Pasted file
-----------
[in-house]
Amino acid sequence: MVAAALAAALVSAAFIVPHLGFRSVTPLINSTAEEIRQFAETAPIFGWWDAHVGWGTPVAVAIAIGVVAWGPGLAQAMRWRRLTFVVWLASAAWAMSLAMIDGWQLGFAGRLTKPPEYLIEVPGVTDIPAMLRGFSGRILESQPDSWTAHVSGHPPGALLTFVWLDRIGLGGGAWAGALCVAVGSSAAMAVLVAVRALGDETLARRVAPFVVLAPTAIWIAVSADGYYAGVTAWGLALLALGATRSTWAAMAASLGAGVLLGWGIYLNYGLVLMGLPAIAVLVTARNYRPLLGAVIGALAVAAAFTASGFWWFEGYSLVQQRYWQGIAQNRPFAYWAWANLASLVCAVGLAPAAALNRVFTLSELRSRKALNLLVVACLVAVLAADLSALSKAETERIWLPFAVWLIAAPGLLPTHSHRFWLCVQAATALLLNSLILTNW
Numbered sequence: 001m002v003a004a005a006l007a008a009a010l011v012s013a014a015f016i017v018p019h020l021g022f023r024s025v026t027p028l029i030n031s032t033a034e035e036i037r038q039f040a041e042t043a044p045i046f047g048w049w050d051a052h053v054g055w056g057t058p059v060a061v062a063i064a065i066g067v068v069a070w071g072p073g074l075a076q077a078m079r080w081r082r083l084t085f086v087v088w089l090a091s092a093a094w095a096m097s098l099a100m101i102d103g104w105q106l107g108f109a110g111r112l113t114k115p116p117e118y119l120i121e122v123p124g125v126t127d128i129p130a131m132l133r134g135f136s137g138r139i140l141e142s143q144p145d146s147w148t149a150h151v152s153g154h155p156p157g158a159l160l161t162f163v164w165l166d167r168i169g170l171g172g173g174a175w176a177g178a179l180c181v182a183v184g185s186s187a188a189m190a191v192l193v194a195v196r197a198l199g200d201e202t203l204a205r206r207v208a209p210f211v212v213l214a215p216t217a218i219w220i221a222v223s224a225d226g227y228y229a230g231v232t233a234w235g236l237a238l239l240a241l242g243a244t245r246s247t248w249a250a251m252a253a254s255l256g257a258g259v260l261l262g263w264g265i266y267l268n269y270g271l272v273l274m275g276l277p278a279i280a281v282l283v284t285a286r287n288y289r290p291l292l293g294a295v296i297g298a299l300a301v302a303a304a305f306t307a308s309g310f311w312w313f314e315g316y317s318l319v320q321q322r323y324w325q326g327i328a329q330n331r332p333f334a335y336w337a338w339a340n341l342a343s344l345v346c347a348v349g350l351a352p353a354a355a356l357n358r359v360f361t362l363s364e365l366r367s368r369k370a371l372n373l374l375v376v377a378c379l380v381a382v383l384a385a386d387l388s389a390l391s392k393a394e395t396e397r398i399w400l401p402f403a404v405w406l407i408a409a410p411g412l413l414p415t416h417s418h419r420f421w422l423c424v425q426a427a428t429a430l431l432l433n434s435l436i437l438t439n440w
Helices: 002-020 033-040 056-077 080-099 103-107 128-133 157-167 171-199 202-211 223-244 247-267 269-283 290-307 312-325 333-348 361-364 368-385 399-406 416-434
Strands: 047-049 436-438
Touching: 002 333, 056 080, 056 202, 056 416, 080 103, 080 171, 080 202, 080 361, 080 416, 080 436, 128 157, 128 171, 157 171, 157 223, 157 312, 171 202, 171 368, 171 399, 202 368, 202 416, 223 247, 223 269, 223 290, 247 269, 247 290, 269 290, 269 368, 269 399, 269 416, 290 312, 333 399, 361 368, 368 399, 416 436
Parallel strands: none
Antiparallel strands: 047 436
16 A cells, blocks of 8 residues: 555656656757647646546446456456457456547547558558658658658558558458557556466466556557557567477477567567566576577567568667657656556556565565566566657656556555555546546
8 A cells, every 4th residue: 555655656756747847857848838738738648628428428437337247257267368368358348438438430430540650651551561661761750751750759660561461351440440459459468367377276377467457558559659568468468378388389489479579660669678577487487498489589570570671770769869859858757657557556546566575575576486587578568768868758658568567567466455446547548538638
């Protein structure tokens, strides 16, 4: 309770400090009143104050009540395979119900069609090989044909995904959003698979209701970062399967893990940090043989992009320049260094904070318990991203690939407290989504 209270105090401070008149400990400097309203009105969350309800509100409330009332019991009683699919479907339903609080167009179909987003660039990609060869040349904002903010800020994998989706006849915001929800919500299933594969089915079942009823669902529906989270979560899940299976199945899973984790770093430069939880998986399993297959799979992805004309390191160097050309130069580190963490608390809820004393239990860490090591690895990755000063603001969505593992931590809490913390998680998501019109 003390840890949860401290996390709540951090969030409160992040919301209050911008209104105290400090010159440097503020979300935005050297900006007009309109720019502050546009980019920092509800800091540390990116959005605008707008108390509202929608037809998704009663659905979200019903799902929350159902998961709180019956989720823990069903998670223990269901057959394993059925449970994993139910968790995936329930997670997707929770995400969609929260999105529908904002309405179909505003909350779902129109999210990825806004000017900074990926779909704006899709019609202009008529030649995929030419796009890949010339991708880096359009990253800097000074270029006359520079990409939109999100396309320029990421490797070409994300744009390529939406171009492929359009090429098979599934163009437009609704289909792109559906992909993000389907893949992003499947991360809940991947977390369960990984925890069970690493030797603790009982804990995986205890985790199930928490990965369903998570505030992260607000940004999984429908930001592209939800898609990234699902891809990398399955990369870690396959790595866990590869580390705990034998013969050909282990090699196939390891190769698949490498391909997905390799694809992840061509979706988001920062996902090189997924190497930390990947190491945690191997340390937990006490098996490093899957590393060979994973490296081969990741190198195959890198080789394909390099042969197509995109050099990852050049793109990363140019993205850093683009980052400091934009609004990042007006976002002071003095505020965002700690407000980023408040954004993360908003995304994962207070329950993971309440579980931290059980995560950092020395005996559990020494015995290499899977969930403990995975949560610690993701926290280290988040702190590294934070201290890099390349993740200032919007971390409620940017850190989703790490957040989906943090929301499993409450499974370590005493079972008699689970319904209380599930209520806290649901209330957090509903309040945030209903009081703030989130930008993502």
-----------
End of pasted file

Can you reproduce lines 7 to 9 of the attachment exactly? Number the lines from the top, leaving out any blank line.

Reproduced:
Parallel strands: none
Antiparallel strands: 047 436
16 A cells, blocks of 8 residues: 555656656757647646546446456456457456547547558558658658658558558458557556466466556557557567477477567567566576577567568667657656556556565565566566657656556555555546546